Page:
The international community is suddenly getting serious about Libya. Since the Berlin summit in mid-January gathered together the main players in what is rapidly descending into a civil war, there has been a flurry of international activity, designed primarily to overcome internal European objections, present a united front and regain the initiative from Turkey, Russia and the military commander Khalifa Haftar.
It all culminated in the announcement on February 17 of a new European Union naval and air mission to enforce an arms embargo in the seas off the Libyan coast.
This is, unfortunately, a classic example of the international community dodging the issue. The Berlin summit was supposedly focused on enforcing a ceasefire. What Europe really wants, however, is to not have more migrants ending up in European cities (although it wants to continue rescuing them from the Mediterranean). Torn between these two goals (both unattainable but let’s give them credit for trying), the international community have come up with a muddled half measure that will only make matters worse.
The new, “beefed up” EU mission will neither focus on the traffic in migrants nor will it be tasked with enforcing a ceasefire. Instead, Operation EU Active Surveillance will try and prevent weapons getting into Libya.
Regarding the migrant issue, Operation Sophia – the name given to the EU mission to curb migrant traffic – has hardly been a resounding success. Its main flaw was trying to stop boatloads of migrants once they were at sea instead of trying to stop the boats leaving in the first place (that job was outsourced to the Libyan coastguard).
What ensued was a cat-and-mouse game between the people smugglers and the coastguard, with the former dodging the latter in order to direct their human cargo toward the European ships, which would pick up the migrants and invariably take them to European ports.
Operation Sophia neither stopped the migrant boats nor did it reduce the arrivals of migrants in Europe. In fact, the mission made things worse, as its ships drew smuggler vessels to them like a magnet. The operation has been on hold for almost a year because of objections from Italy’s populist government and is set to be disbanded next month.
The new EU mission has the same whiff of half measures about it. Operation EU Active Surveillance will not go where the guns are but will operate far offshore, in the Eastern Mediterranean. A leaked EU memo suggested the patrols would be limited to “at least 100km off the Libyan coast, where chances to conduct rescue operations are lower.” But that distance puts the mission solidly in international waters, far away from the migrant boats, which tend to head northwest toward Sicily, and far away from where the real arms smuggling is – on land, through the long, porous border between Egypt and Libya.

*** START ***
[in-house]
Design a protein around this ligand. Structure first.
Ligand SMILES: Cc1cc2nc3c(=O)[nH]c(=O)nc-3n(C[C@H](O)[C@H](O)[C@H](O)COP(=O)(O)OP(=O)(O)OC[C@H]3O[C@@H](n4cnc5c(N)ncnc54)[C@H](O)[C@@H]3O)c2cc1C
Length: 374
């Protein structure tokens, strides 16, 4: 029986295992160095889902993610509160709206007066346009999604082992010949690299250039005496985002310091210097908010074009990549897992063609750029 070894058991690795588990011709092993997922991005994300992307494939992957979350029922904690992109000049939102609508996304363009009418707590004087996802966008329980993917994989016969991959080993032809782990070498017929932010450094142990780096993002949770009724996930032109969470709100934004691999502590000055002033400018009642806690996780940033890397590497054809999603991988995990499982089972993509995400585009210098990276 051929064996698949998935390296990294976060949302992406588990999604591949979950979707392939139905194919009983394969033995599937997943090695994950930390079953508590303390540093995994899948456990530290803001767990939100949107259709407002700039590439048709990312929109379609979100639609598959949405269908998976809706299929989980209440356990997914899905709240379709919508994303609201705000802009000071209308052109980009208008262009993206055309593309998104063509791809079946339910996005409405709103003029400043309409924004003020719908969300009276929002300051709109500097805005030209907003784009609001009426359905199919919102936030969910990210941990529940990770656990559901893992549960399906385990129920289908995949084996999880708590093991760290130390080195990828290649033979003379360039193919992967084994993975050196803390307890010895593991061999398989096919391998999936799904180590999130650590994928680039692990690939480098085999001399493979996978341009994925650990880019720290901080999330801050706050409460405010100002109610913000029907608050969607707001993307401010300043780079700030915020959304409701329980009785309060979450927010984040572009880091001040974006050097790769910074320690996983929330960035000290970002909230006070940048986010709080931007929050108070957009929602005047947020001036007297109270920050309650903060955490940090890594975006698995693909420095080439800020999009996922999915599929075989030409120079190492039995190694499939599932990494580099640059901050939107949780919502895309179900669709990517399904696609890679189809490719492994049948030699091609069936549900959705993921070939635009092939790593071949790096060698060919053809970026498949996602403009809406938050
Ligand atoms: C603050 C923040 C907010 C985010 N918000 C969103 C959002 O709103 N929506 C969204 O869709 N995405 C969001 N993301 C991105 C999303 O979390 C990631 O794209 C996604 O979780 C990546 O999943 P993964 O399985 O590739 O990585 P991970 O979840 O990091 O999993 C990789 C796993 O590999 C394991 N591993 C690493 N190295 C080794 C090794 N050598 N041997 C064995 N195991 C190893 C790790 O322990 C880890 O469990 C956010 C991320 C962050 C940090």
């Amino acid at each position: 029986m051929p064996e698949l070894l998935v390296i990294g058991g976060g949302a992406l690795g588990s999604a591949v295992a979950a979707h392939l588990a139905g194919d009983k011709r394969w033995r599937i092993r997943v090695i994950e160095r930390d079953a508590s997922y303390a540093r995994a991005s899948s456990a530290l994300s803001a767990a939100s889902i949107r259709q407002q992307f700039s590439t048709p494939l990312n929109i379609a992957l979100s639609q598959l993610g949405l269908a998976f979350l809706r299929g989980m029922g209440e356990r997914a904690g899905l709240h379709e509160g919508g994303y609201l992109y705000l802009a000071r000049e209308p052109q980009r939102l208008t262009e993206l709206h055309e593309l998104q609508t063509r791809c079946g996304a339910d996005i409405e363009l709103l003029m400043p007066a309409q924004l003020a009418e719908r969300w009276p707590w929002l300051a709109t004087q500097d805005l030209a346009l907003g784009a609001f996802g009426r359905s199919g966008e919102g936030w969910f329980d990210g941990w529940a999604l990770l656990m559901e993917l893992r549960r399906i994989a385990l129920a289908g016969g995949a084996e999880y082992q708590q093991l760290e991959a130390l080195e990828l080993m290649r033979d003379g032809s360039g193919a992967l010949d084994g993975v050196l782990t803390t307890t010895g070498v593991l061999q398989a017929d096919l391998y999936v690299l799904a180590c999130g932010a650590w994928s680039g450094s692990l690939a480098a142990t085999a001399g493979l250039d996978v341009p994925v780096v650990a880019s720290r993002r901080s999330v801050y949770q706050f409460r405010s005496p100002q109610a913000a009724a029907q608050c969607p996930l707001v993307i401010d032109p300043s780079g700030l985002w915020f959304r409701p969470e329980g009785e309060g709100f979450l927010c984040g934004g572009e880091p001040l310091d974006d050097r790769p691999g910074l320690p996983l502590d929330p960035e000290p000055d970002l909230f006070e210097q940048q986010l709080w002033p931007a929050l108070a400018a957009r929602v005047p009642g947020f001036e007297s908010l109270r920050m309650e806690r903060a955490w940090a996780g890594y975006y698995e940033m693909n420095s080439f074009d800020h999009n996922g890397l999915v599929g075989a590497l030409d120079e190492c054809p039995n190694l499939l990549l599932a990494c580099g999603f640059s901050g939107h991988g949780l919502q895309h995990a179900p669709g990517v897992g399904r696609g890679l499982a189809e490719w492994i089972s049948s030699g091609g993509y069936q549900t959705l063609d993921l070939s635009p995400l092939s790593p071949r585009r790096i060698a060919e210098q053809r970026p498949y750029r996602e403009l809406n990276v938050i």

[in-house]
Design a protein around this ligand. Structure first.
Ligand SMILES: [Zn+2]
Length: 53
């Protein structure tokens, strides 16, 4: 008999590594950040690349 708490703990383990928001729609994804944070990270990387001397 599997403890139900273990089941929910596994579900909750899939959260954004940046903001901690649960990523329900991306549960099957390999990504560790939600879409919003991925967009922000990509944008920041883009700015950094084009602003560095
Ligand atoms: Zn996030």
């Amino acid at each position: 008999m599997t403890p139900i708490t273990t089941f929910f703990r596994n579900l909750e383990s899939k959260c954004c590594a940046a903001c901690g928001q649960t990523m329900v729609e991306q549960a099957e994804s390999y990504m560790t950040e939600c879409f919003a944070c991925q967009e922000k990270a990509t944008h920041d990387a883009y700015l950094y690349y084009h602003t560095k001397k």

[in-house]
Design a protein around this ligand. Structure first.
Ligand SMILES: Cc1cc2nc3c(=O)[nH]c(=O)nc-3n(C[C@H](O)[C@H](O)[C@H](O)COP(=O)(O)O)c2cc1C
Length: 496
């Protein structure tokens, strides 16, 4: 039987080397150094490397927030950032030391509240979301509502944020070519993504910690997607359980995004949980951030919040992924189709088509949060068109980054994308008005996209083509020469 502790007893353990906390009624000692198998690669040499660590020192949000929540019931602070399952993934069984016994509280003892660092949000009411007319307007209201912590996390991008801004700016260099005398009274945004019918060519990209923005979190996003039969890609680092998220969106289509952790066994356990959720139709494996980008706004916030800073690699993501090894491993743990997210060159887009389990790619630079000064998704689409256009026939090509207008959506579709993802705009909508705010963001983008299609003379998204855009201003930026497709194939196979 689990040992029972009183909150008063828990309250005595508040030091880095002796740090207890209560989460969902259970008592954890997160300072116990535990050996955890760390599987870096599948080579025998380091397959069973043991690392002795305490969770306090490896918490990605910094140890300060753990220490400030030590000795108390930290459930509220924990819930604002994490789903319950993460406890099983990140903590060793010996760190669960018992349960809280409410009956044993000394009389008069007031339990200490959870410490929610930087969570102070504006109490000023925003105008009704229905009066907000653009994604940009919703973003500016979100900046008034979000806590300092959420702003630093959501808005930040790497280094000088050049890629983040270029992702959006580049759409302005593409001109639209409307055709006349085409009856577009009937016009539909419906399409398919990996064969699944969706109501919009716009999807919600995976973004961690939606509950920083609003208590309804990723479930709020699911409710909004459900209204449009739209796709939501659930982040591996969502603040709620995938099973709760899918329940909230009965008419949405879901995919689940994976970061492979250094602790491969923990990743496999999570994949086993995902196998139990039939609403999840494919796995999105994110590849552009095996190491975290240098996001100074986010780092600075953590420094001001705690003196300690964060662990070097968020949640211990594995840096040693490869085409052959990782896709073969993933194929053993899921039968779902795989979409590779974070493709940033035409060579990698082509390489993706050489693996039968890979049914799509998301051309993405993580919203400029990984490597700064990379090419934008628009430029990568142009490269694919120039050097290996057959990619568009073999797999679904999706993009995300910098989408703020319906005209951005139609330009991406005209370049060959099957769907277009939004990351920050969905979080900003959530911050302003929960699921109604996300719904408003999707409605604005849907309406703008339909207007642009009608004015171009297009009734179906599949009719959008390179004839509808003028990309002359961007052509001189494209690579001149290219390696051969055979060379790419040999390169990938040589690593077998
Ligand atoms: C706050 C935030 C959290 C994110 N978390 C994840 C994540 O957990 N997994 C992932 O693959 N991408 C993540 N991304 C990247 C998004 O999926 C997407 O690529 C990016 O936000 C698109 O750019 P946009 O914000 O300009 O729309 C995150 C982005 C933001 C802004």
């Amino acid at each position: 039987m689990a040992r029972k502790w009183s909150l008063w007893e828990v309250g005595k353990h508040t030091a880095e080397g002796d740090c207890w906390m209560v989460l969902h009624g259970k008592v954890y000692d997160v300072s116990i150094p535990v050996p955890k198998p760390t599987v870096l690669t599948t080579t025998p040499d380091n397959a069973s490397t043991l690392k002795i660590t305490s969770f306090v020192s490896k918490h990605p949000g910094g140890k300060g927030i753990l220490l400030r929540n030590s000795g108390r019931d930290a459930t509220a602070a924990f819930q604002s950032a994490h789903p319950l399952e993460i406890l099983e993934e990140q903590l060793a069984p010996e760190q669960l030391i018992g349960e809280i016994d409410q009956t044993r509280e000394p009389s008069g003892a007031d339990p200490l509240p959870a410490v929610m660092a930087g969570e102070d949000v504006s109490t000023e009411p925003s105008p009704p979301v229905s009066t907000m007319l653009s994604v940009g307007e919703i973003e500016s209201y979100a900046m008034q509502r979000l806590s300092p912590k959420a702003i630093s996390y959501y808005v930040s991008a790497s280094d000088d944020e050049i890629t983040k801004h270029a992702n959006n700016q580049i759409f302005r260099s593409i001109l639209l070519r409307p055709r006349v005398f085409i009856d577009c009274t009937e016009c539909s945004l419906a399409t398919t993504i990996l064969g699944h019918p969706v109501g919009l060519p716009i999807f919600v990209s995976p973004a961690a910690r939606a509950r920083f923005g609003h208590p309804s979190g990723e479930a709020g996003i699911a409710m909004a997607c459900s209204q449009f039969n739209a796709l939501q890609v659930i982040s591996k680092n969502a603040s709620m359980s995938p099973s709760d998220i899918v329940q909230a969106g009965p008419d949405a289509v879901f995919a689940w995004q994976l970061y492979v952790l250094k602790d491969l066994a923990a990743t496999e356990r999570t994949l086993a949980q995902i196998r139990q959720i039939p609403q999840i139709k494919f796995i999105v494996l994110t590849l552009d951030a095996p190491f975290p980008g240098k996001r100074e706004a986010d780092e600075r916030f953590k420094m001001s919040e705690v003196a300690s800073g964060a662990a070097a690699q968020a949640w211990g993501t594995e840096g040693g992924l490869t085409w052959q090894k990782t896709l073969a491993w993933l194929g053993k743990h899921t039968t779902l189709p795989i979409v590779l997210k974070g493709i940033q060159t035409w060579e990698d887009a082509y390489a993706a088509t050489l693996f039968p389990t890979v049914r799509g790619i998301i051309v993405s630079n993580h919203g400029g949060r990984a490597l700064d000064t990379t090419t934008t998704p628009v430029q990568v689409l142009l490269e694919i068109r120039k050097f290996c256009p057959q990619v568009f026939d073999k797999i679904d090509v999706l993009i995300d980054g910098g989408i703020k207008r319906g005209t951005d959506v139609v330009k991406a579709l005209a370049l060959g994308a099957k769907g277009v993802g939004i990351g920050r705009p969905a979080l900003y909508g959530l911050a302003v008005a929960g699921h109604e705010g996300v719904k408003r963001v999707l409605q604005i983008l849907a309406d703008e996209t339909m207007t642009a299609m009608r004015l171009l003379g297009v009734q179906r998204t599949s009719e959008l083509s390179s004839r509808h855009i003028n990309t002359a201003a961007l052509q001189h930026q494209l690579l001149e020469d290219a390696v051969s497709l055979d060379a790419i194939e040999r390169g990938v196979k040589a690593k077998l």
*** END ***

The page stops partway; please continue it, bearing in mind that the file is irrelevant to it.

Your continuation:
If that seems like an odd plan, that’s because it is. Trying to enforce an arms embargo on the land from the sea is worse than counterintuitive, it’s a fudge. The mission coordinates that will be given to the patrol boats are certainly not about achieving operational effectiveness; they are for the political optics.
What is even more reprehensible is that this non-solution is making the situation inside the country worse.
Ever since Haftar’s forces set off the “race to Tripoli” at the beginning of the year, both sides in the conflict in Libya appear to see raw military power as the best way to resolve the conflict. The political discussions can come later. Both Haftar’s Libyan National Army, which has Russian and Egyptian backing, and the internationally-recognized Government of National Accord (now supported by thousands of Turkish and Syrian fighters) are of one mind on this.
The day after the new mission was announced, the sea port of the Libyan capital was attacked. “Both sides are preparing for the next battle,” a Western diplomat told Reuters.
And no wonder. A United Nations resolution of February 12 was hailed as a breakthrough, simply because Russia abstained but did not veto it. The text of the resolution is hardly ground-breaking; it merely affirms “the need for a lasting ceasefire in Libya at the earliest opportunity” without offering any ideas on how to achieve or enforce one.
For the armed factions in Libya, it was a signal to expand and entrench their positions before any ceasefire is in place.
It should be no surprise that the international community is focusing on an arms embargo. It is the one thing they can agree upon. But let us not be under any illusion that this is anything but a diplomatic fudge, a solution that solves nothing. And in a full-blown war, such half-measures are worse than nothing.
Faisal Al Yafai is currently writing a book on the Middle East and is a frequent commentator on international TV news networks. He has worked for news outlets such as The Guardian and the BBC, and reported on the Middle East, Eastern Europe, Asia and Africa.